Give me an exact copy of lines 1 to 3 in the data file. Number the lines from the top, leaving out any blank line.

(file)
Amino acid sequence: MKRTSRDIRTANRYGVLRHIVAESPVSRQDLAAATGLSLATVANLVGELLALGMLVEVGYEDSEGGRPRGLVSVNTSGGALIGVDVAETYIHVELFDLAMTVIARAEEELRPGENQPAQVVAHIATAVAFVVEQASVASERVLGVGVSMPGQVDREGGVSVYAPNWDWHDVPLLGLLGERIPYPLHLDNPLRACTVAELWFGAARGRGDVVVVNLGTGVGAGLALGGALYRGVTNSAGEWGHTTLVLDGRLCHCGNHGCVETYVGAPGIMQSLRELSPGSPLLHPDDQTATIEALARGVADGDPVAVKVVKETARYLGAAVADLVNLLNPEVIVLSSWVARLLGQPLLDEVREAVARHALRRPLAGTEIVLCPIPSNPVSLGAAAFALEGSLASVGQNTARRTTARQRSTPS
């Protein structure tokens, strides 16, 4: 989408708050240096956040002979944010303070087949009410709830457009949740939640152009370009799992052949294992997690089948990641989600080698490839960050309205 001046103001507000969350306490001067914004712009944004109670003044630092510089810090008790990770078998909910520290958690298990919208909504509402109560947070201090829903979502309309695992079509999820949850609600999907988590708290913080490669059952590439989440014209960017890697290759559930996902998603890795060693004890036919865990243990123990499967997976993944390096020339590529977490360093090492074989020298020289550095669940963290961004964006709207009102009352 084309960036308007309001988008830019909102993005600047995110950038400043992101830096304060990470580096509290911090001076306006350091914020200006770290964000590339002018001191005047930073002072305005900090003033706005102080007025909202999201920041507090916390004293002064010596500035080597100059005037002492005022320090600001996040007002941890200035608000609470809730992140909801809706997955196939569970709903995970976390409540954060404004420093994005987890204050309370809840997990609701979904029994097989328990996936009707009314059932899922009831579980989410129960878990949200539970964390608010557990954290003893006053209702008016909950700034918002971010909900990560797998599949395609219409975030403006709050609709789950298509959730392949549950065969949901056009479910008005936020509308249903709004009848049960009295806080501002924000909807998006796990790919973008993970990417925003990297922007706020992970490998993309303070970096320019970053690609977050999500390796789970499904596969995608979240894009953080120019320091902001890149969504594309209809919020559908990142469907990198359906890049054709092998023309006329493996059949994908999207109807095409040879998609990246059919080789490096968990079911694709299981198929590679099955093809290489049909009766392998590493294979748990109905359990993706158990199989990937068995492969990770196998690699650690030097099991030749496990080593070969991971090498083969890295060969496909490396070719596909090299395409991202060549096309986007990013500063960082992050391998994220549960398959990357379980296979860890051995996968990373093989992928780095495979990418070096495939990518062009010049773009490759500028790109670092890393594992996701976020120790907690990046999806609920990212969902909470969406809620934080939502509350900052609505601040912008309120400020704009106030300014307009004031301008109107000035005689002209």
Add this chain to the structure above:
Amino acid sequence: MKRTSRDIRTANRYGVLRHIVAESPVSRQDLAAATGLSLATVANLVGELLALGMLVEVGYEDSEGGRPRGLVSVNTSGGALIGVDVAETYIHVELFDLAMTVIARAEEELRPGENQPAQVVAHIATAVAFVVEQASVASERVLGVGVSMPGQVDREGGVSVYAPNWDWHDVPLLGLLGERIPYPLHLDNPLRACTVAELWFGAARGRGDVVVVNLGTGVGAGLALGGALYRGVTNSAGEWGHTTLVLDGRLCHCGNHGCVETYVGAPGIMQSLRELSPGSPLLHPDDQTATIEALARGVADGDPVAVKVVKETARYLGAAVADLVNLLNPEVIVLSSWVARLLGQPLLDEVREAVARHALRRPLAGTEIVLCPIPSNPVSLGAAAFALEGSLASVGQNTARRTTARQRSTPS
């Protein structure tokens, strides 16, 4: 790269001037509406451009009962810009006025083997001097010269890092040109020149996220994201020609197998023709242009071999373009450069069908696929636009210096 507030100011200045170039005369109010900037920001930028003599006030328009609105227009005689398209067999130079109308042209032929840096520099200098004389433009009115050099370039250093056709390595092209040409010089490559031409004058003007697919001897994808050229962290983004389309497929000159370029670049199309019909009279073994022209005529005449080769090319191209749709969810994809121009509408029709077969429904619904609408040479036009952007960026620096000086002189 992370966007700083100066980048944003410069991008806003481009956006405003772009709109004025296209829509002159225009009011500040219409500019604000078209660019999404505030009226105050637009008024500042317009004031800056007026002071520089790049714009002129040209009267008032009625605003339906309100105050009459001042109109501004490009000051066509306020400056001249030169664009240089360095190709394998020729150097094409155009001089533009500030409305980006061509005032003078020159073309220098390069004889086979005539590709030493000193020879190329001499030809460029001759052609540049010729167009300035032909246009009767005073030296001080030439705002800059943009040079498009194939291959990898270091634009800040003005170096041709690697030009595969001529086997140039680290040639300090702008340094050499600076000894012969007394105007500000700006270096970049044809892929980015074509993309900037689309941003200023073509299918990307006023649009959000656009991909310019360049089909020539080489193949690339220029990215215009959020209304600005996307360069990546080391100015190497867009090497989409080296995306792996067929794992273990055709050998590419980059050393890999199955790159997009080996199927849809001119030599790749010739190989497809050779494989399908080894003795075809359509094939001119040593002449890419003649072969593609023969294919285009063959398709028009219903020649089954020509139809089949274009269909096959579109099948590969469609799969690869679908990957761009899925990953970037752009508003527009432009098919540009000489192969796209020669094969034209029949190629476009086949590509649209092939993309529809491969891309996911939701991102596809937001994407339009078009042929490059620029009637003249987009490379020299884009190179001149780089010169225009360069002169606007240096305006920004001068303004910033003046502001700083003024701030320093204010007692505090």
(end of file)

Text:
Amino acid sequence: MKRTSRDIRTANRYGVLRHIVAESPVSRQDLAAATGLSLATVANLVGELLALGMLVEVGYEDSEGGRPRGLVSVNTSGGALIGVDVAETYIHVELFDLAMTVIARAEEELRPGENQPAQVVAHIATAVAFVVEQASVASERVLGVGVSMPGQVDREGGVSVYAPNWDWHDVPLLGLLGERIPYPLHLDNPLRACTVAELWFGAARGRGDVVVVNLGTGVGAGLALGGALYRGVTNSAGEWGHTTLVLDGRLCHCGNHGCVETYVGAPGIMQSLRELSPGSPLLHPDDQTATIEALARGVADGDPVAVKVVKETARYLGAAVADLVNLLNPEVIVLSSWVARLLGQPLLDEVREAVARHALRRPLAGTEIVLCPIPSNPVSLGAAAFALEGSLASVGQNTARRTTARQRSTPS
């Protein structure tokens, strides 16, 4: 989408708050240096956040002979944010303070087949009410709830457009949740939640152009370009799992052949294992997690089948990641989600080698490839960050309205 001046103001507000969350306490001067914004712009944004109670003044630092510089810090008790990770078998909910520290958690298990919208909504509402109560947070201090829903979502309309695992079509999820949850609600999907988590708290913080490669059952590439989440014209960017890697290759559930996902998603890795060693004890036919865990243990123990499967997976993944390096020339590529977490360093090492074989020298020289550095669940963290961004964006709207009102009352 084309960036308007309001988008830019909102993005600047995110950038400043992101830096304060990470580096509290911090001076306006350091914020200006770290964000590339002018001191005047930073002072305005900090003033706005102080007025909202999201920041507090916390004293002064010596500035080597100059005037002492005022320090600001996040007002941890200035608000609470809730992140909801809706997955196939569970709903995970976390409540954060404004420093994005987890204050309370809840997990609701979904029994097989328990996936009707009314059932899922009831579980989410129960878990949200539970964390608010557990954290003893006053209702008016909950700034918002971010909900990560797998599949395609219409975030403006709050609709789950298509959730392949549950065969949901056009479910008005936020509308249903709004009848049960009295806080501002924000909807998006796990790919973008993970990417925003990297922007706020992970490998993309303070970096320019970053690609977050999500390796789970499904596969995608979240894009953080120019320091902001890149969504594309209809919020559908990142469907990198359906890049054709092998023309006329493996059949994908999207109807095409040879998609990246059919080789490096968990079911694709299981198929590679099955093809290489049909009766392998590493294979748990109905359990993706158990199989990937068995492969990770196998690699650690030097099991030749496990080593070969991971090498083969890295060969496909490396070719596909090299395409991202060549096309986007990013500063960082992050391998994220549960398959990357379980296979860890051995996968990373093989992928780095495979990418070096495939990518062009010049773009490759500028790109670092890393594992996701976020120790907690990046999806609920990212969902909470969406809620934080939502509350900052609505601040912008309120400020704009106030300014307009004031301008109107000035005689002209």
Add this chain to the structure above: